Fast realization of convolution---arbitrary convolution cores for image processing

Source: Internet
Author: User

Convolution is actually the most basic operation in image processing, some algorithms such as mean Blur, Gaussian blur, sharpening, Sobel, Laplace, Prewitt edge detection and so on, can be realized by convolution algorithm. Only because of the particularity of the convolution matrix of these algorithms, it is generally not directly implemented, but by some optimization means to make the calculation small. However, in some cases the convolution matrix element values are not very regular or special requirements, can not be optimized by conventional means, this time can only be achieved in the original way. Therefore, it is necessary to do a proper research on how to implement the arbitrary convolution matrix operation of image quickly.

At present, through the sharing of friends or their own search to find a piece about arbitrary accounting optimization of the article is: reshuf?ing:a fast algorithm for Filtering with arbitrary kernels, the article said to improve the original program speed of 40% About, but the original program is how to write and still do not understand.

In Matlab, there are several functions related to the image convolution, such as imfilter can achieve convolution, or conv2 also line, their speed is quite fast, such as 3000*3000 grayscale, convolution matrix size is 15* 15, on the I5 CPU running time as long as about 170ms, quite to force.

In Celery's blog, also mentioned his optimized conv2 and MATLAB is quite even faster than MATLAB, see

As the MATLAB code in the use of the IPL library to accelerate, currently I write the CONV2 function and its equivalent, for any nuclear speed of about half of Matlab.

Simply record the optimizations I used in the convolution process.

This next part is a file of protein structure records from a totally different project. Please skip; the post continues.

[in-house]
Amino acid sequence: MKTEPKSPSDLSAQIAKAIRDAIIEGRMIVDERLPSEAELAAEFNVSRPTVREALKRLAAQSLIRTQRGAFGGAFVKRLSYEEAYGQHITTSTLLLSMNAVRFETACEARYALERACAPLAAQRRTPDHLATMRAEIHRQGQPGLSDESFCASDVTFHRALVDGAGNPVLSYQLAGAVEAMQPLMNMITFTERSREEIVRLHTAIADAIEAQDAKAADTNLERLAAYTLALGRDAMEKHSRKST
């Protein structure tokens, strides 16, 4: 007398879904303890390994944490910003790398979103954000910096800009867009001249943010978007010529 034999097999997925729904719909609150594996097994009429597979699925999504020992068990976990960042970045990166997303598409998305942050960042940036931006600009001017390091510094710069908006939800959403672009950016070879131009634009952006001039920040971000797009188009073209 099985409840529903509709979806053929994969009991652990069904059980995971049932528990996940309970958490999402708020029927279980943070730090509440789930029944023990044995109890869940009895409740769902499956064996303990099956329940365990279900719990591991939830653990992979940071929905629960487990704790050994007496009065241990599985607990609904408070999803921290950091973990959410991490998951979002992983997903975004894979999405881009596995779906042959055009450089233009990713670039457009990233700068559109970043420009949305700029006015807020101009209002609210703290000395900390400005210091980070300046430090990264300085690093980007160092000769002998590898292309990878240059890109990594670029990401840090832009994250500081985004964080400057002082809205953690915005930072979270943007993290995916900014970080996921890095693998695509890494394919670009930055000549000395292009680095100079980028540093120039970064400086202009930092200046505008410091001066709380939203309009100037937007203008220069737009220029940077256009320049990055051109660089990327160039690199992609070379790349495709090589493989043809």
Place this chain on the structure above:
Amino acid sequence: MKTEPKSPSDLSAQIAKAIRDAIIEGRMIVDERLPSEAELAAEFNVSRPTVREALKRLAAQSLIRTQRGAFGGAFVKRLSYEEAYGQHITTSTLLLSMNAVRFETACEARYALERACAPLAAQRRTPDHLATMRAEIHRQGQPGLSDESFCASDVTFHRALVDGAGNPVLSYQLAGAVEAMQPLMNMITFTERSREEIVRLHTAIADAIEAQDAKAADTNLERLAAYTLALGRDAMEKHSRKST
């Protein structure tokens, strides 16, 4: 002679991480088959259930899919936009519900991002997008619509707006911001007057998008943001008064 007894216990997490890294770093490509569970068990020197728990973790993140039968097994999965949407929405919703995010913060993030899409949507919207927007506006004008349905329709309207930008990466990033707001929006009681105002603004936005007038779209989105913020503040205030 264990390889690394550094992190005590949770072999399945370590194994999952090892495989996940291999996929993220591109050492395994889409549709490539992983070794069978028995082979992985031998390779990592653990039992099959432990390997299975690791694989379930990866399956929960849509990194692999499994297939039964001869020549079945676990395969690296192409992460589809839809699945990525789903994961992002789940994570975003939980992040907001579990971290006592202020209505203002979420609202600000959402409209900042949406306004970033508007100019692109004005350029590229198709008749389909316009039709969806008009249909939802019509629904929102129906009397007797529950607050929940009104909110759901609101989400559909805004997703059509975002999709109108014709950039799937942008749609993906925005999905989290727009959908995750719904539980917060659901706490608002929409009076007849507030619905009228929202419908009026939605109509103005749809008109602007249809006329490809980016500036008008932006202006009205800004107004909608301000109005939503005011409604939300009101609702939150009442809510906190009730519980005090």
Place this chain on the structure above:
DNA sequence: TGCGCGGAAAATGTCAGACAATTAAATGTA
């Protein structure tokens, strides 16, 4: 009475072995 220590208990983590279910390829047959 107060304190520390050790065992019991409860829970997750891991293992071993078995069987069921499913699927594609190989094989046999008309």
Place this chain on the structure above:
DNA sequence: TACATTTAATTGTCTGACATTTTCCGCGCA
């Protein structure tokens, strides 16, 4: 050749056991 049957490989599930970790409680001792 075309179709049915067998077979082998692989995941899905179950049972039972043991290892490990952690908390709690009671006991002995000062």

The original convolution implementation requires a four-cycle, simple expression as follows:

for (Y = 0; Y < Height; y++) {for    (X = 0; X < Width; x + +)    {        Index = ...;        Sum = 0;        for (XX = 0; XX < CONVW; xx++)        {for            (YY = 0; YY < CONVH; yy++)            {                Index1 = ...;                Index2 = ...;                Sum + = conv[index1] * PIXEL[INDEX2];            }        }        Dest[index] = sum/weight;    }}

When the convolution matrix is large, the computational amount will be very large, and because the memory accesses are very frequent in the program, the cache Miss phenomenon is more serious, so the efficiency is very low.

My optimization methods mainly include the following aspects:

One: Using SSE for multiplication calculation, because SSE can be a one-time calculation of 4 single-precision floating point number, so there can be a significant speed improvement.

Second: By proper processing, the elements within the convolution matrix around each sampling point are concentrated, so that each pixel move does not require a large amount of search work from memory.

Specifically, the implementation process is as follows:

1, in order to use the advantages of SSE, the convolution matrix is adjusted first, adjust the number of elements of the convolution matrix row, so that it is not less than the original value of 4 integer times, and let the new convolution matrix memory layout in accordance with the SSE correlation function 16-byte alignment requirements.

The implementation code is as follows: